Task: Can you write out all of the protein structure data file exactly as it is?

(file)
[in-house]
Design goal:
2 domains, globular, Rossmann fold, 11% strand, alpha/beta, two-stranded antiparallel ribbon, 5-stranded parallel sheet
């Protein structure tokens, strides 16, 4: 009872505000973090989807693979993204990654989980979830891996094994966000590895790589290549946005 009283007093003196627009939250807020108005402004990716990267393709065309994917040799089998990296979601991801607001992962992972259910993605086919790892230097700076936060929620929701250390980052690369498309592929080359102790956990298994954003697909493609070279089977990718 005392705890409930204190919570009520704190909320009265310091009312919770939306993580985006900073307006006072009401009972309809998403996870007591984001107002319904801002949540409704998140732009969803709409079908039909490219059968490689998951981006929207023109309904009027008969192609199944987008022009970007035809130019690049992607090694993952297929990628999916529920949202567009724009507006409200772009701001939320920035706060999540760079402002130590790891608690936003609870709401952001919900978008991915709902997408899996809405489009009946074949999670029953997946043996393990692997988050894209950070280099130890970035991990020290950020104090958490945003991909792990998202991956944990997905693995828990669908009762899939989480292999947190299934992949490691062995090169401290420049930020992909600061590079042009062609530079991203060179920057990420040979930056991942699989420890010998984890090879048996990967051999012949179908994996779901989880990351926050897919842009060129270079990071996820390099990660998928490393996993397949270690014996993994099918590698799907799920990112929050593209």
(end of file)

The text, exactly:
[in-house]
Design goal:
2 domains, globular, Rossmann fold, 11% strand, alpha/beta, two-stranded antiparallel ribbon, 5-stranded parallel sheet
């Protein structure tokens, strides 16, 4: 009872505000973090989807693979993204990654989980979830891996094994966000590895790589290549946005 009283007093003196627009939250807020108005402004990716990267393709065309994917040799089998990296979601991801607001992962992972259910993605086919790892230097700076936060929620929701250390980052690369498309592929080359102790956990298994954003697909493609070279089977990718 005392705890409930204190919570009520704190909320009265310091009312919770939306993580985006900073307006006072009401009972309809998403996870007591984001107002319904801002949540409704998140732009969803709409079908039909490219059968490689998951981006929207023109309904009027008969192609199944987008022009970007035809130019690049992607090694993952297929990628999916529920949202567009724009507006409200772009701001939320920035706060999540760079402002130590790891608690936003609870709401952001919900978008991915709902997408899996809405489009009946074949999670029953997946043996393990692997988050894209950070280099130890970035991990020290950020104090958490945003991909792990998202991956944990997905693995828990669908009762899939989480292999947190299934992949490691062995090169401290420049930020992909600061590079042009062609530079991203060179920057990420040979930056991942699989420890010998984890090879048996990967051999012949179908994996779901989880990351926050897919842009060129270079990071996820390099990660998928490393996993397949270690014996993994099918590698799907799920990112929050593209």